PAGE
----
YOKOSUKA, Japan (NNS) -- Staff members of U.S. Naval Hospital (USNH) Yokosuka were among the many participants who braved severe inclement weather to conduct Big Rescue Kanagawa 2016 at Japan Ground Self-Defense Force (JGSDF) Camp Takeyama, Sept. 11.
Big Rescue's mission is to strengthen interoperability between participating medical units, other agencies and bolster the resilience of local communities against disasters. Raising awareness among host nation citizens about disaster management is also a motive, while also reviewing manuals and agreements in place disaster control.
Distinguished guests representing the U.S. Navy on scene were Commander, U.S. Naval Forces Japan, (CNFJ) Rear Adm. Matthew J. Carter; USNH Yokosuka Commanding Officer, Capt. Rosemary C. Malone; and Executive Officer, Capt. Kristen Atterbury.
Those who participated felt the significance of the event.
"I believe that this is very important to the Navy, to each of the entities here, and the Japanese government that we participated with," said Lt. Thuy Phung, USNH Yokosuka Optometry Department head and Trauma Treatment Team (T-3) leader during the exercise. "This event was a drill to show that we can all work together well in case of a mass casualty. This is particularly significant since we live in a country that is extremely prone to earthquakes and typhoons. We should be prepared as much as possible on how to react during such a crisis."
Phung and her team worked closely alongside fellow care provider U.S. service members representing the Army from Camp Zama, Japan, and the Air Force from Yokota Air Base, Japan.
Commander, 374th Medical Group, Yokota Air Base, Col. Angela M. Montellano and 374th Medical Group Superintendent, Chief Master Sergeant Timothy Davidson represented the Air Force; Army representatives were U.S. Army Medical Department Activities-Japan, Commander, Col. Andre R. Pippen and U.S. Army Medical Department Activities-Japan, Deputy Commander for Clinical Services, Lt. Col. Mark Stackle and Chief Nursing Officer, Lt. Col. Perry C. Ruiz.
Japan representatives were Governor of Kanagawa Prefecture, Yuji Kuroiwa; Mayor of Yokosuka City, Yuto Yoshida; and Japan Self-Defense Force (JSDF) Hospital Yokosuka Commanding Officer, Rear Adm. Kinitoshi Inoue.
Several other organizations involved included assorted police department and fire bureaus; hospital, medical, and public agencies; government agencies comprised of Japan Maritime Self-Defense Force (JMSDF), JGSDF, and Japan Air Self-Defense Force (JASDF) units. Public and volunteer groups, schools and both the Japan Red Cross and the American Red Cross each participated as well.
Appearing like something out of a Hollywood film set, the scenario called for teams to battle against a magnitude 7.0 earthquake occurring on the faults of the Miura Peninsula.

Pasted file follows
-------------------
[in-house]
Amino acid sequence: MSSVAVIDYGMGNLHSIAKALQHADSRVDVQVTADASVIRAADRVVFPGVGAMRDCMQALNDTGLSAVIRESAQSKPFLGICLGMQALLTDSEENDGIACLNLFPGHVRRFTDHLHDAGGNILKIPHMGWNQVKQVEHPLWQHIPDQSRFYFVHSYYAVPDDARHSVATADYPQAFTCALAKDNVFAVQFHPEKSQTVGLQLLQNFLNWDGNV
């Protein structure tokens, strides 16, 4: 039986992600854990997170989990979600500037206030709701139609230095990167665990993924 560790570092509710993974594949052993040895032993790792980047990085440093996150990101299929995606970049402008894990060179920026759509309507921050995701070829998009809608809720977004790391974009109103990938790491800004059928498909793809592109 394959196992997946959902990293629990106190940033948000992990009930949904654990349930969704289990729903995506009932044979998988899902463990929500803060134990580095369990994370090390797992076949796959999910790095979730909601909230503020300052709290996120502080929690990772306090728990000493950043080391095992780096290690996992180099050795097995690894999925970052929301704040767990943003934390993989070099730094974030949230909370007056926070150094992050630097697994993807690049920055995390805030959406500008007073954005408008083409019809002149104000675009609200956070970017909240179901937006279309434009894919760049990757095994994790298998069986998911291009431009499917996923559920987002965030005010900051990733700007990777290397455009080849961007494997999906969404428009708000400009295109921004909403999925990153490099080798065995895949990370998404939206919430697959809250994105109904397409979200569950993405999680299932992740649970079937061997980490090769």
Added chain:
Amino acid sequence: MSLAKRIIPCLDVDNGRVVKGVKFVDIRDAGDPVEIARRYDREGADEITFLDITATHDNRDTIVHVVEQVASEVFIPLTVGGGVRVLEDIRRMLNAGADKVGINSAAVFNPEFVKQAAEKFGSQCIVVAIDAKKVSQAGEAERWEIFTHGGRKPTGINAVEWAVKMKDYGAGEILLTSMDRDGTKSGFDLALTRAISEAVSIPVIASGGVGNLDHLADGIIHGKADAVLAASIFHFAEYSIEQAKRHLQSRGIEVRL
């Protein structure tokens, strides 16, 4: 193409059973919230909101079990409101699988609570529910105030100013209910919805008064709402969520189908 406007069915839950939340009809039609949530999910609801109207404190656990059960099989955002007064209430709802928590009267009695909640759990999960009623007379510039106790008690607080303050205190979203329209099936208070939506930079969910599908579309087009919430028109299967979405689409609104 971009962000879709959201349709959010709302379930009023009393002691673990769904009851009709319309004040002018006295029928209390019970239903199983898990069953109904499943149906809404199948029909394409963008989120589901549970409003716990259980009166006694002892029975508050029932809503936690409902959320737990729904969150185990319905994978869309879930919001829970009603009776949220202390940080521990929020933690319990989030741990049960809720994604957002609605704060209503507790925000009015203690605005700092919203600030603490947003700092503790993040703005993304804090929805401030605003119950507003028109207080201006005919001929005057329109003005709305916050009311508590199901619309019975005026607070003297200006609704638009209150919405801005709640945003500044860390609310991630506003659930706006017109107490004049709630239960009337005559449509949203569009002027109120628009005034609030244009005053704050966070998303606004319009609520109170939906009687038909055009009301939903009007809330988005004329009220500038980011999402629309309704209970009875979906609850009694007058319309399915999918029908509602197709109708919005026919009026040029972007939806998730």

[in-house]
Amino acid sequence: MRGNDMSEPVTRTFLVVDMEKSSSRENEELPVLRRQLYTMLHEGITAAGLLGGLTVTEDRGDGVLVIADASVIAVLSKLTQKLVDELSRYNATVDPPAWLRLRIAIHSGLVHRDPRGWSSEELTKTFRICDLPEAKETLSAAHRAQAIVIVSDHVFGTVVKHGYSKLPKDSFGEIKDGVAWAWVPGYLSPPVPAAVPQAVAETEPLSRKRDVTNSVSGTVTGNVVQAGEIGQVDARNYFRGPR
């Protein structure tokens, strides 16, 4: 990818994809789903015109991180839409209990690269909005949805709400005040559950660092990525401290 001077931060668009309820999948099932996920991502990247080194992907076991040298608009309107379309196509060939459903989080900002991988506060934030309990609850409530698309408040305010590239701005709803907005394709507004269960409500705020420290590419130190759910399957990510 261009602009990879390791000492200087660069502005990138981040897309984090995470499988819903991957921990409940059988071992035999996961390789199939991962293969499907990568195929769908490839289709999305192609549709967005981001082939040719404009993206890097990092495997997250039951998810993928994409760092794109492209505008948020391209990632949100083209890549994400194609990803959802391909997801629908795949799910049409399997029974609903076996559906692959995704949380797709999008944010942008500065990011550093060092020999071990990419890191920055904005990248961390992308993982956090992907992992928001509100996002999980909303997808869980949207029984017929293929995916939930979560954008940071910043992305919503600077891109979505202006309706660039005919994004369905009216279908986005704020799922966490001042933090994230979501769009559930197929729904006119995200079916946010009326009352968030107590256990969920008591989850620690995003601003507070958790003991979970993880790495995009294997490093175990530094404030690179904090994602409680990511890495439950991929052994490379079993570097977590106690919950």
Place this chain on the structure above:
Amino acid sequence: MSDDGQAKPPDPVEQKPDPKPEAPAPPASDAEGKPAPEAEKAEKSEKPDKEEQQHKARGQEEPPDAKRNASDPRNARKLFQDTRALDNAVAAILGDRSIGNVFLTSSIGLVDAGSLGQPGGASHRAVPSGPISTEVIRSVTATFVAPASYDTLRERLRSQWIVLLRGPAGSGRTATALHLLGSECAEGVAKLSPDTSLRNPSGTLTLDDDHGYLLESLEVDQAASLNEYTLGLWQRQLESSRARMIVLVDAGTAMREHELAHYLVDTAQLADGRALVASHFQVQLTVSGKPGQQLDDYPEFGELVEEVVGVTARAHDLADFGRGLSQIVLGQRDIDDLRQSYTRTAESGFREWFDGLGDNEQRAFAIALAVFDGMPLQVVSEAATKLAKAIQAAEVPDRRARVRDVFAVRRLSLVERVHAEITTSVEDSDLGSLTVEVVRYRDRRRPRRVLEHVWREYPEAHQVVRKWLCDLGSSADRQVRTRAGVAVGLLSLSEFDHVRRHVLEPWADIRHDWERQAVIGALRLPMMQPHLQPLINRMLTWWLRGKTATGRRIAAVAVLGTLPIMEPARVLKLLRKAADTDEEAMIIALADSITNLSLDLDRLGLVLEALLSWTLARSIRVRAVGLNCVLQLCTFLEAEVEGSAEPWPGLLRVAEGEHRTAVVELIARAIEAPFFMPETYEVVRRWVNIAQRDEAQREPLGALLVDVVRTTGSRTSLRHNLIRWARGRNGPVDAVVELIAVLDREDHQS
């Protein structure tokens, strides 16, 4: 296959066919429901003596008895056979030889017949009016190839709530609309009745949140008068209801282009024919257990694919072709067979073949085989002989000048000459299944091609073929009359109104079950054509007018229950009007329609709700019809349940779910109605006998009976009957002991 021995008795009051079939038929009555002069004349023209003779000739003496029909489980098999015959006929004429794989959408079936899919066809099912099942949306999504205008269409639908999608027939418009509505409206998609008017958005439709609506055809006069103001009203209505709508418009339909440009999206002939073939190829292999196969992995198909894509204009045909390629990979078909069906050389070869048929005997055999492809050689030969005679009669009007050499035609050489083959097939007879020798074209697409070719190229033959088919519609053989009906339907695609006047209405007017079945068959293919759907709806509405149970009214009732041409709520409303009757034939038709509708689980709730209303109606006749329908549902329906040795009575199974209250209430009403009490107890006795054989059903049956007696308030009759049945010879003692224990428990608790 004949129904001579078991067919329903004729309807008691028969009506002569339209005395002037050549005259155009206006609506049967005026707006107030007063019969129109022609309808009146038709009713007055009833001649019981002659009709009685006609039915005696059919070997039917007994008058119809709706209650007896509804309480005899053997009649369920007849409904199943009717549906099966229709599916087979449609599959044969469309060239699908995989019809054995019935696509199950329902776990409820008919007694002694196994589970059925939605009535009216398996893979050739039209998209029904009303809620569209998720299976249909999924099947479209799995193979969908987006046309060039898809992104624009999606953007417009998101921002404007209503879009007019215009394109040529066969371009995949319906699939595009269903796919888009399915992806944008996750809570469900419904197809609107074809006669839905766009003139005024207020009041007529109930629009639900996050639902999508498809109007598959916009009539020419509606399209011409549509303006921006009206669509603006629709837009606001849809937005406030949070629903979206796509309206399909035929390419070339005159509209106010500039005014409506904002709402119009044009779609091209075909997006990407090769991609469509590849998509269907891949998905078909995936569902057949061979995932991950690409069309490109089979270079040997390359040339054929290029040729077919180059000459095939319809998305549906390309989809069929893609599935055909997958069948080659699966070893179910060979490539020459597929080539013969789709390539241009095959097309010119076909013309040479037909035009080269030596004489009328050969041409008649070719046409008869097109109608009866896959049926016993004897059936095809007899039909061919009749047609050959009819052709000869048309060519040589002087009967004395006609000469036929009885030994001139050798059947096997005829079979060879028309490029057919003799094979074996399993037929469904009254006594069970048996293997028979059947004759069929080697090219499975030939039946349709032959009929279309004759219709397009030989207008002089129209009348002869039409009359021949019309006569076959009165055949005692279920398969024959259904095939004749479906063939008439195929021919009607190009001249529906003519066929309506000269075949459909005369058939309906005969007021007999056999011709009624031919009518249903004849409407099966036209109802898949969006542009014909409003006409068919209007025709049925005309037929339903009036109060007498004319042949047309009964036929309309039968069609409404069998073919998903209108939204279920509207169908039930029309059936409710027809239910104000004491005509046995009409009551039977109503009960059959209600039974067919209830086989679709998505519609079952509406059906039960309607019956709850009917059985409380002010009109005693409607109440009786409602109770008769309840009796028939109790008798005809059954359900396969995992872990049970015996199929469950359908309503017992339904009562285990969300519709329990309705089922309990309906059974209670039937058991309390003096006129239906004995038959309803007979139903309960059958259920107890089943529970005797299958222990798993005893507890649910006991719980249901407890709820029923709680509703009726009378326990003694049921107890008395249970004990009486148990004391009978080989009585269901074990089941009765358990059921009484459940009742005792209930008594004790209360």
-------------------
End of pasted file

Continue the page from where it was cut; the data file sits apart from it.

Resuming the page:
The exercise was divided into three phases, consisting of rescue and operation, medical care and medical assistance. Spectators, a combination of host nation citizens, officials and U.S. personnel, watched as participants performed rescue operations consisting of rescue and firefighting operations in a mid- to high-rise building, and the use of power saws to conduct home evacuations and disassembling cars which were staged to simulate the scene of an automobile accident.
Evacuated patients were then escorted to the triage tent staging areas where medical care units conducted post-treatment, per the patient's needs.
"Communication is critical at every stage and language barriers can be our worst enemy," said Phung. "I realized that this was especially important while we were receiving patients to triage and treat. When there was not a translator, we had a very hard time communicating medical terms to the other Japanese doctors or even triaging patients. Nevertheless, we were able to communicate enough to ensure patients would receive proper treatment based off of their needs."
Battling the elements added somewhat of a real-scenario feel for the exercise.
"As far as the weather conditions, this drill was a real challenge for us," said Dr. Yusuke Dodo, one of the six Japanese Fellows physicians currently conducting his internship at USNH Yokosuka. "However, who's to say that in a real-life scenario that the weather will be bright and sunny. The elements actually added adversity to the scene and forced us to be on our toes. Exercises such as this one need to continue to be held in order for us to properly prepare for what could possibly lie ahead for any of us at any given moments' notice."
Next year's exercise is tentatively scheduled to be held in Odawara City, Japan.
"I am sure that the drill for 2017 will be as big, if not bigger than this one," said Phung. "Participation is always an honor and further enhances relations with our Japanese neighbors while displaying USNH Yokosuka's capabilities. It should be a prideful thing for all of us who have participated and for those who will participate in the future."
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